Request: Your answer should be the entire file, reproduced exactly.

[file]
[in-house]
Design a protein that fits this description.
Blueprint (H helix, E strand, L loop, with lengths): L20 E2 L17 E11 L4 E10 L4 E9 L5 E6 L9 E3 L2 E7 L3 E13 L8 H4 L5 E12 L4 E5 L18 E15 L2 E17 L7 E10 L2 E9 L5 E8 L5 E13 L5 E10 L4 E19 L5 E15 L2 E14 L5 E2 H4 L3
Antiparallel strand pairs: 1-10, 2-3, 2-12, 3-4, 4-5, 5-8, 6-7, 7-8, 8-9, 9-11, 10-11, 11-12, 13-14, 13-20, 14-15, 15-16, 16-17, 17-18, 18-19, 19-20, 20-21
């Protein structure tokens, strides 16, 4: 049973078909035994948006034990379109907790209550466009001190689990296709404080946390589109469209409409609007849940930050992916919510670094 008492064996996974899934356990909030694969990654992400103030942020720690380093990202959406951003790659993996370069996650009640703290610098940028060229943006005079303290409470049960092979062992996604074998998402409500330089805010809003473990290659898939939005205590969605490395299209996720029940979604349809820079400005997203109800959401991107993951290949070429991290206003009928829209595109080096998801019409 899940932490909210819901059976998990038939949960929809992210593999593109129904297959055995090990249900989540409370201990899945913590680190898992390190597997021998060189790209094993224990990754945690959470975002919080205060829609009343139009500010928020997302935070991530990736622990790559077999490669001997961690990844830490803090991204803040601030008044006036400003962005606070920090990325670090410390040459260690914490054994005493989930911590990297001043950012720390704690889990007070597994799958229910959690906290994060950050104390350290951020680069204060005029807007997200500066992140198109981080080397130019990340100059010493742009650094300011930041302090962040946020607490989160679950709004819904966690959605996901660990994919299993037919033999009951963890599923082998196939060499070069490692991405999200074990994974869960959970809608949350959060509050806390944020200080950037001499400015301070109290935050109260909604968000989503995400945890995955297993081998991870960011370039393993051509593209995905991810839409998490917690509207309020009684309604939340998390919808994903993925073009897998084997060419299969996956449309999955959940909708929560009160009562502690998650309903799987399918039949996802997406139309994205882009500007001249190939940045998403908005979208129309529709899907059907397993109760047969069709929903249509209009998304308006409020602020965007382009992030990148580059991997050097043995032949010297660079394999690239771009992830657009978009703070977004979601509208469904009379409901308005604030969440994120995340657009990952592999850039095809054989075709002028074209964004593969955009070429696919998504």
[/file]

[in-house]
Design a protein that fits this description.
Blueprint (H helix, E strand, L loop, with lengths): L20 E2 L17 E11 L4 E10 L4 E9 L5 E6 L9 E3 L2 E7 L3 E13 L8 H4 L5 E12 L4 E5 L18 E15 L2 E17 L7 E10 L2 E9 L5 E8 L5 E13 L5 E10 L4 E19 L5 E15 L2 E14 L5 E2 H4 L3
Antiparallel strand pairs: 1-10, 2-3, 2-12, 3-4, 4-5, 5-8, 6-7, 7-8, 8-9, 9-11, 10-11, 11-12, 13-14, 13-20, 14-15, 15-16, 16-17, 17-18, 18-19, 19-20, 20-21
């Protein structure tokens, strides 16, 4: 049973078909035994948006034990379109907790209550466009001190689990296709404080946390589109469209409409609007849940930050992916919510670094 008492064996996974899934356990909030694969990654992400103030942020720690380093990202959406951003790659993996370069996650009640703290610098940028060229943006005079303290409470049960092979062992996604074998998402409500330089805010809003473990290659898939939005205590969605490395299209996720029940979604349809820079400005997203109800959401991107993951290949070429991290206003009928829209595109080096998801019409 899940932490909210819901059976998990038939949960929809992210593999593109129904297959055995090990249900989540409370201990899945913590680190898992390190597997021998060189790209094993224990990754945690959470975002919080205060829609009343139009500010928020997302935070991530990736622990790559077999490669001997961690990844830490803090991204803040601030008044006036400003962005606070920090990325670090410390040459260690914490054994005493989930911590990297001043950012720390704690889990007070597994799958229910959690906290994060950050104390350290951020680069204060005029807007997200500066992140198109981080080397130019990340100059010493742009650094300011930041302090962040946020607490989160679950709004819904966690959605996901660990994919299993037919033999009951963890599923082998196939060499070069490692991405999200074990994974869960959970809608949350959060509050806390944020200080950037001499400015301070109290935050109260909604968000989503995400945890995955297993081998991870960011370039393993051509593209995905991810839409998490917690509207309020009684309604939340998390919808994903993925073009897998084997060419299969996956449309999955959940909708929560009160009562502690998650309903799987399918039949996802997406139309994205882009500007001249190939940045998403908005979208129309529709899907059907397993109760047969069709929903249509209009998304308006409020602020965007382009992030990148580059991997050097043995032949010297660079394999690239771009992830657009978009703070977004979601509208469904009379409901308005604030969440994120995340657009990952592999850039095809054989075709002028074209964004593969955009070429696919998504």